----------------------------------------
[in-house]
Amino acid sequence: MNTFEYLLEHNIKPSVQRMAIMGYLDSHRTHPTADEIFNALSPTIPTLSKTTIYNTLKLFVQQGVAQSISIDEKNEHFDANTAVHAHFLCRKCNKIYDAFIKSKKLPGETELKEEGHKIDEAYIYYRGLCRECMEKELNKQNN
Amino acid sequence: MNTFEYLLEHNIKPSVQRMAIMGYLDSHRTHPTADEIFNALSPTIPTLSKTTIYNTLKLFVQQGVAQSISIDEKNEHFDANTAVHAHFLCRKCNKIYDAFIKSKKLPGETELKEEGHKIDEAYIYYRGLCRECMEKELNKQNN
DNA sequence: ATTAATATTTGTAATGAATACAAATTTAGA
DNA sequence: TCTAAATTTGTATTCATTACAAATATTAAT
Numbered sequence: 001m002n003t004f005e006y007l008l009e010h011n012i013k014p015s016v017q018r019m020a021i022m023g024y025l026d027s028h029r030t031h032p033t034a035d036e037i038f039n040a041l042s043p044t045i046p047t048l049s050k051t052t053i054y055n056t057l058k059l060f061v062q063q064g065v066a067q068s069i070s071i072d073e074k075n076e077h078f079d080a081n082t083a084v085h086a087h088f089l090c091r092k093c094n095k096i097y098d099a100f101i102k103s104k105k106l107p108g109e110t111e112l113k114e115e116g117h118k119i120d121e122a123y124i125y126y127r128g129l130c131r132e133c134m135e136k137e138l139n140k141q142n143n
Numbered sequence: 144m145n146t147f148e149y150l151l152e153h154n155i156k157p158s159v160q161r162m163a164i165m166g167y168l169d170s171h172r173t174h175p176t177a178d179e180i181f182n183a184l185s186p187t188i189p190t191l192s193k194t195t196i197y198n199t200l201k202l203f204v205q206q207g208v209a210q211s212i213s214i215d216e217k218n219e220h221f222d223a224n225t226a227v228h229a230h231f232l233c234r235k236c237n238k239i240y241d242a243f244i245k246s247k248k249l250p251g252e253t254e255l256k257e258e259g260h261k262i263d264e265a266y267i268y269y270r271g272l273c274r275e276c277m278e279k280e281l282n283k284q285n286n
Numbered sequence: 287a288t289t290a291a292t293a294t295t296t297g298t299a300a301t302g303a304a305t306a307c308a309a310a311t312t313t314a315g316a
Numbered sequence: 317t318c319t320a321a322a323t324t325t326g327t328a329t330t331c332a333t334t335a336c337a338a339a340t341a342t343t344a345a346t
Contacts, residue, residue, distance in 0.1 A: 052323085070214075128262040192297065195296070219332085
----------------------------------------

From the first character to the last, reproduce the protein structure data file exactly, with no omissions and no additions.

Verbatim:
[in-house]
Amino acid sequence: MNTFEYLLEHNIKPSVQRMAIMGYLDSHRTHPTADEIFNALSPTIPTLSKTTIYNTLKLFVQQGVAQSISIDEKNEHFDANTAVHAHFLCRKCNKIYDAFIKSKKLPGETELKEEGHKIDEAYIYYRGLCRECMEKELNKQNN
Amino acid sequence: MNTFEYLLEHNIKPSVQRMAIMGYLDSHRTHPTADEIFNALSPTIPTLSKTTIYNTLKLFVQQGVAQSISIDEKNEHFDANTAVHAHFLCRKCNKIYDAFIKSKKLPGETELKEEGHKIDEAYIYYRGLCRECMEKELNKQNN
DNA sequence: ATTAATATTTGTAATGAATACAAATTTAGA
DNA sequence: TCTAAATTTGTATTCATTACAAATATTAAT
Numbered sequence: 001m002n003t004f005e006y007l008l009e010h011n012i013k014p015s016v017q018r019m020a021i022m023g024y025l026d027s028h029r030t031h032p033t034a035d036e037i038f039n040a041l042s043p044t045i046p047t048l049s050k051t052t053i054y055n056t057l058k059l060f061v062q063q064g065v066a067q068s069i070s071i072d073e074k075n076e077h078f079d080a081n082t083a084v085h086a087h088f089l090c091r092k093c094n095k096i097y098d099a100f101i102k103s104k105k106l107p108g109e110t111e112l113k114e115e116g117h118k119i120d121e122a123y124i125y126y127r128g129l130c131r132e133c134m135e136k137e138l139n140k141q142n143n
Numbered sequence: 144m145n146t147f148e149y150l151l152e153h154n155i156k157p158s159v160q161r162m163a164i165m166g167y168l169d170s171h172r173t174h175p176t177a178d179e180i181f182n183a184l185s186p187t188i189p190t191l192s193k194t195t196i197y198n199t200l201k202l203f204v205q206q207g208v209a210q211s212i213s214i215d216e217k218n219e220h221f222d223a224n225t226a227v228h229a230h231f232l233c234r235k236c237n238k239i240y241d242a243f244i245k246s247k248k249l250p251g252e253t254e255l256k257e258e259g260h261k262i263d264e265a266y267i268y269y270r271g272l273c274r275e276c277m278e279k280e281l282n283k284q285n286n
Numbered sequence: 287a288t289t290a291a292t293a294t295t296t297g298t299a300a301t302g303a304a305t306a307c308a309a310a311t312t313t314a315g316a
Numbered sequence: 317t318c319t320a321a322a323t324t325t326g327t328a329t330t331c332a333t334t335a336c337a338a339a340t341a342t343t344a345a346t
Contacts, residue, residue, distance in 0.1 A: 052323085070214075128262040192297065195296070219332085